Scientists in the US say they have demonstrated the existence of the illness known as "Gulf war syndrome".
Many soldiers had numerous injections
The findings are in a report by the influential Research Advisory Committee on Gulf war veterans' illness, leaked to the New York Times.
Committee chief scientist Professor Beatrice Golomb said that exposure to certain substances in the Gulf may have altered some troops' body chemistry.
The study was welcomed by British veterans of the Gulf war.
The secretary of the National Gulf Veterans and Families Benevolent Association, Noel Baker, said the US research was "very explosive".
He added that the Ministry of Defence, which has always denied the existence of a syndrome, would "have to take notice" of it.
"This is very, very senior research. It's not by any private venture or by someone with an axe to grind."
He described the attitude in the US as one of "genuinely wanting to find out if there is a problem.
"In the UK, the MoD doesn't want to find the truth".
The Ministry of Defence declined to comment on the leaked report.
A spokesman said the ministry's position on the syndrome was well-documented, and that there were on-going studies into it.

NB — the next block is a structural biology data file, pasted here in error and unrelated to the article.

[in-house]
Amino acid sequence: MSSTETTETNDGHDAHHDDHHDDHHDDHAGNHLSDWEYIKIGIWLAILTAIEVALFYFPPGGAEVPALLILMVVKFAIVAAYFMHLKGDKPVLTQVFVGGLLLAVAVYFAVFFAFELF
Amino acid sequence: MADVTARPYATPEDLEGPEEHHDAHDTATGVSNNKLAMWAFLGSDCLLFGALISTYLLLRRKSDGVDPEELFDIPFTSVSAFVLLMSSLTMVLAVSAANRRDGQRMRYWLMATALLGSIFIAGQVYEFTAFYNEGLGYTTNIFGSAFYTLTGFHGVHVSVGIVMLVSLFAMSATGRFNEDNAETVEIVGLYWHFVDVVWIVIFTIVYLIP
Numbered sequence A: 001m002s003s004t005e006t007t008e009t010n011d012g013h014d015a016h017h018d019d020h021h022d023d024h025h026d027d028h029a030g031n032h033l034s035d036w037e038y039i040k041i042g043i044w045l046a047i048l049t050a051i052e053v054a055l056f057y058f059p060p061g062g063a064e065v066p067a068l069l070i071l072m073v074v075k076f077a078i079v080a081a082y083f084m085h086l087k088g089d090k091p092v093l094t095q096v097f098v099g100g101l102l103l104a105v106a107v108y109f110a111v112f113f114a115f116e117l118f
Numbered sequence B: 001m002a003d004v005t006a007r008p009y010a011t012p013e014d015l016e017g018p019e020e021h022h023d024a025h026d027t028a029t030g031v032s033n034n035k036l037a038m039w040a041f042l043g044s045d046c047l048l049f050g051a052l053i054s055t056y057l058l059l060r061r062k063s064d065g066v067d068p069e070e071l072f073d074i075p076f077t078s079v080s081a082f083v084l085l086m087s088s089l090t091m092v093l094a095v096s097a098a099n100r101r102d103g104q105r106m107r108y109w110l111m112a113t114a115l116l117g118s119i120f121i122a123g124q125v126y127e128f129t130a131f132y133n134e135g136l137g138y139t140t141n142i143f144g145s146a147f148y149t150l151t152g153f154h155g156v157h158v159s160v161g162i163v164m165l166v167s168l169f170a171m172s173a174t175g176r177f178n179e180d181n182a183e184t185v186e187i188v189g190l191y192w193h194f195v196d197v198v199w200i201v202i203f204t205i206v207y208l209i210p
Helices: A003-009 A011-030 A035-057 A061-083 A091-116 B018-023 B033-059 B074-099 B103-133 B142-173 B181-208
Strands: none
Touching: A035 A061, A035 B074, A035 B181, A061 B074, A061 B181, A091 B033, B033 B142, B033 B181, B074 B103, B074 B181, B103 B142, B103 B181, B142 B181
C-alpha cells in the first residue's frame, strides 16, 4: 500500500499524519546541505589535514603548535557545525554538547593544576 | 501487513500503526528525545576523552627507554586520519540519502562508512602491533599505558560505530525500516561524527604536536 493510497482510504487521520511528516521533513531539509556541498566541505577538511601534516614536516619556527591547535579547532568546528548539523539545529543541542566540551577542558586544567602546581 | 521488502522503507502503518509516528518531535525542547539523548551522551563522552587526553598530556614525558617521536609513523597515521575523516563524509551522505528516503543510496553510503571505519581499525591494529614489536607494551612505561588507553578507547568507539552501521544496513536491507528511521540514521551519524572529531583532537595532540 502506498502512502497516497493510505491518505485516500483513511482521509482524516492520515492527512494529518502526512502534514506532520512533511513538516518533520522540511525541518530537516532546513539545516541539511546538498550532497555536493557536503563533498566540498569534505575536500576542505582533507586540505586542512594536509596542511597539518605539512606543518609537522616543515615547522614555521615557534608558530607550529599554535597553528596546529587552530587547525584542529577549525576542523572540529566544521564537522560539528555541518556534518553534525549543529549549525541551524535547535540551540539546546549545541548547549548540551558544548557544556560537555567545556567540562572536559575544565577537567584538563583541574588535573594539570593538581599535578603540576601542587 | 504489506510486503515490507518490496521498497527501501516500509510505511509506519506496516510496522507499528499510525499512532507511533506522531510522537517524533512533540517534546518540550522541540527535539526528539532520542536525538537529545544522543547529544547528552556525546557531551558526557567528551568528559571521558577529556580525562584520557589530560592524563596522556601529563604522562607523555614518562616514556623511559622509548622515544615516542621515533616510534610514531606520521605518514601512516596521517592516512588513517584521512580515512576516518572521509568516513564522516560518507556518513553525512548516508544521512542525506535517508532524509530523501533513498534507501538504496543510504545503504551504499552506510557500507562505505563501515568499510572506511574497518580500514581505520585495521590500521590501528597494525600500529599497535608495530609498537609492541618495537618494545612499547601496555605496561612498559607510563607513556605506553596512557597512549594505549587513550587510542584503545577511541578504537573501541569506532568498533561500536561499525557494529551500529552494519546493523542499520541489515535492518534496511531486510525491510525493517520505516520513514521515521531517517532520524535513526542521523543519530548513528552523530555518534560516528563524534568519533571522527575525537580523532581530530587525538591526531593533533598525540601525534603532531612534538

The ministry argues that there was no single cause of the illnesses reported by veterans from the conflict.
Thousands of veterans of the 1991 war suffer from unexplained poor health.
Servicemen and women from the US, UK, Canada and France who took part in the operation to drive Saddam Hussein's forces from Kuwait have reported one or more symptoms, including memory loss, chronic fatigue and dizziness.
Many continue to suffer from chronic and debilitating illnesses more than a decade since the war.
However, scientists had until now been unable to establish their causes.
The US report said the troops' problems were definitely caused by exposure to toxic chemicals rather than stress or psychiatric illness.
Potential sources include Iraqi nerve gas and drugs given to the troops to protect them from chemical weapons.
"Gulf war veterans really are ill at an elevated degree and several studies bring consistent findings that about 25%-30% of those who were deployed are ill," Professor Golomb told BBC Radio 4's Today programme.
In July, a study funded by the Ministry of Defence and carried out by the London School of Hygiene and Tropical Medicine involved more than 40,000 former soldiers.
It found veterans of the 1991 Gulf War were more likely to report symptoms of ill-health, but similar symptoms were reported by both those who did not serve in the Gulf.